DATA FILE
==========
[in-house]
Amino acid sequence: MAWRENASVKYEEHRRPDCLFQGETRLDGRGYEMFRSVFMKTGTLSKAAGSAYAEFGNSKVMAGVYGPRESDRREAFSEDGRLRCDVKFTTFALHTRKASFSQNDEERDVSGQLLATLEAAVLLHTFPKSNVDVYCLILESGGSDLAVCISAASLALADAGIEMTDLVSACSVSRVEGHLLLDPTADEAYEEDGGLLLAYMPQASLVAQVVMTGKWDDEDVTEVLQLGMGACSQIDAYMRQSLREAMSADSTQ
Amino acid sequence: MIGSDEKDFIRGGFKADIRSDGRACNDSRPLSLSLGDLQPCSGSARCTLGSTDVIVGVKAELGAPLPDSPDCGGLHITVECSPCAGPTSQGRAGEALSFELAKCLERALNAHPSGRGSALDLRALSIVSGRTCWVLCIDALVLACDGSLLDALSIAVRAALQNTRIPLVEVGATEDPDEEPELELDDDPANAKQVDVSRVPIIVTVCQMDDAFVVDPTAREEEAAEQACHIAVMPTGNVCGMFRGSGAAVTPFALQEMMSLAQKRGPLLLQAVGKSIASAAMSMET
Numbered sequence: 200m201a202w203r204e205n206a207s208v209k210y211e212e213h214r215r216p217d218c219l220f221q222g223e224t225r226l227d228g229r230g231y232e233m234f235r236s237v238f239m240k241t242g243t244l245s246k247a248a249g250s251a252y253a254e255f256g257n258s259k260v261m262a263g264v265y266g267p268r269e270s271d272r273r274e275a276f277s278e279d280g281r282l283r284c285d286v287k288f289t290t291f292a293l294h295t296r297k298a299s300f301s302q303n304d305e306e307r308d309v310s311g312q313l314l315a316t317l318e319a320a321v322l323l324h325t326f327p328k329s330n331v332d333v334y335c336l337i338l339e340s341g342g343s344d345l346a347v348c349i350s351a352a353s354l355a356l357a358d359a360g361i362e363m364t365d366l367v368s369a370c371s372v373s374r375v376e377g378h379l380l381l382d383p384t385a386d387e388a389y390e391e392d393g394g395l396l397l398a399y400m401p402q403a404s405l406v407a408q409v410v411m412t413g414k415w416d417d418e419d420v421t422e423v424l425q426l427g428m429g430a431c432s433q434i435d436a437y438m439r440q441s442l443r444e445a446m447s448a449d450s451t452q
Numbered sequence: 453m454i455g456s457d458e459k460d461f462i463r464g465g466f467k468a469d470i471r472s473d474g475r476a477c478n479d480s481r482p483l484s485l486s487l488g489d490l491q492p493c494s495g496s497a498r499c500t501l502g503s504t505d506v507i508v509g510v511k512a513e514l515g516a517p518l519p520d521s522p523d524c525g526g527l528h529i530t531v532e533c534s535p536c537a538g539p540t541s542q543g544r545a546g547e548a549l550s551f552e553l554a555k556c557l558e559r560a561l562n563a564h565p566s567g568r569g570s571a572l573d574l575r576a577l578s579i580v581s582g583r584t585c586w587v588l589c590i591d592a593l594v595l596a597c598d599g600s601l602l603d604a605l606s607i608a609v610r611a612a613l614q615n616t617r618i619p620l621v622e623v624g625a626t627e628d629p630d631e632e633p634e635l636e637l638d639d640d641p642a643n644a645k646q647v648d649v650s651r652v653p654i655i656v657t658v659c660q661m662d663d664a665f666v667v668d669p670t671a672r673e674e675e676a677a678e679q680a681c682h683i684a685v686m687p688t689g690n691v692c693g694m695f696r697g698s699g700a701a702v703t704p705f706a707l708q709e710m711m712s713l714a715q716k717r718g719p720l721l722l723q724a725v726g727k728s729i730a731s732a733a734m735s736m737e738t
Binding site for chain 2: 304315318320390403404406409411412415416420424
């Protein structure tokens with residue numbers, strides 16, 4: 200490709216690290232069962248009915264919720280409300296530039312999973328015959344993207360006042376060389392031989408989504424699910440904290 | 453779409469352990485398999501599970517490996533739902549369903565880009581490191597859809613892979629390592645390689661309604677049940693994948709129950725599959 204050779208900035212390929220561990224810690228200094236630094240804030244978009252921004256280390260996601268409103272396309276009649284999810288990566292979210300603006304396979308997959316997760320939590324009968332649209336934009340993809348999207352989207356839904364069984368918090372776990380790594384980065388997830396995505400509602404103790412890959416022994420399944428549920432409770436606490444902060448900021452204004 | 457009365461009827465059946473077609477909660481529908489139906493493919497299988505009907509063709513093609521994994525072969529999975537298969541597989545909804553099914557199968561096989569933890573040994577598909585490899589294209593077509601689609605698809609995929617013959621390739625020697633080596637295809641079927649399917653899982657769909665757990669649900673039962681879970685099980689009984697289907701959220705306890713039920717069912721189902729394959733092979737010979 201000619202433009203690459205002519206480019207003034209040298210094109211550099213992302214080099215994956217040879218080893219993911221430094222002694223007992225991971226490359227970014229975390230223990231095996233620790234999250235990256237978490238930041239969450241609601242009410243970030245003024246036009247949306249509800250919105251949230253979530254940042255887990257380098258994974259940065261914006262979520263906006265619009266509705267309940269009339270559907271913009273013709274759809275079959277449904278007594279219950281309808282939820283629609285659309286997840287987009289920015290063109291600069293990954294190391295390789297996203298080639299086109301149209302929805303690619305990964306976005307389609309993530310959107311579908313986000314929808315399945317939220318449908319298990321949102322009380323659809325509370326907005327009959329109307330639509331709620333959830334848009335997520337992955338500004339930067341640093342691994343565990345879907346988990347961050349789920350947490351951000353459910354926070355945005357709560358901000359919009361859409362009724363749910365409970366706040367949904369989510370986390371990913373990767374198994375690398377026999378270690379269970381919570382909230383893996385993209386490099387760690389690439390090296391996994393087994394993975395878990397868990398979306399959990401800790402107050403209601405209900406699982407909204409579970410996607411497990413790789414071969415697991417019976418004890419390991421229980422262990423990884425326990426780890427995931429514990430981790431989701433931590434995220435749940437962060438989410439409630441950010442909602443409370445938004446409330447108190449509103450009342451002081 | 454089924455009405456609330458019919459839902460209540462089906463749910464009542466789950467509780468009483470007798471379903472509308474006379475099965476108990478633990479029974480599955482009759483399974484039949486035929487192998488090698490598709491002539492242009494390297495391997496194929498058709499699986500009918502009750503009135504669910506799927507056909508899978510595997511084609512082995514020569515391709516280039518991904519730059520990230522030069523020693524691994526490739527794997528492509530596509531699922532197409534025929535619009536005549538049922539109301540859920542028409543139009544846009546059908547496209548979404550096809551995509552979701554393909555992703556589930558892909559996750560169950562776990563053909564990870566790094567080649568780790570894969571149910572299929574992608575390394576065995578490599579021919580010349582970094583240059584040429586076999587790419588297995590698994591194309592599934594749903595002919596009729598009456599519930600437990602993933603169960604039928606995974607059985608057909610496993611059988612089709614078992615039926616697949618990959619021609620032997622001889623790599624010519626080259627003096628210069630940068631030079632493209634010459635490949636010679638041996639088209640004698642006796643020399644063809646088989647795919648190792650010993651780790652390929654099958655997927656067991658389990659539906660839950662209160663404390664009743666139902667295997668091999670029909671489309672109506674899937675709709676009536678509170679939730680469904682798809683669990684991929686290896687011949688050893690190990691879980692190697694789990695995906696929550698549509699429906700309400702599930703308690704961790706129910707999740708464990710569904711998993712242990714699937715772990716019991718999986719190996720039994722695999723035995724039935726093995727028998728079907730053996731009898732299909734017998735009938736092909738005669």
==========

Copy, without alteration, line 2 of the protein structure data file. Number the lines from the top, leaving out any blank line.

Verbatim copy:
Amino acid sequence: MAWRENASVKYEEHRRPDCLFQGETRLDGRGYEMFRSVFMKTGTLSKAAGSAYAEFGNSKVMAGVYGPRESDRREAFSEDGRLRCDVKFTTFALHTRKASFSQNDEERDVSGQLLATLEAAVLLHTFPKSNVDVYCLILESGGSDLAVCISAASLALADAGIEMTDLVSACSVSRVEGHLLLDPTADEAYEEDGGLLLAYMPQASLVAQVVMTGKWDDEDVTEVLQLGMGACSQIDAYMRQSLREAMSADSTQ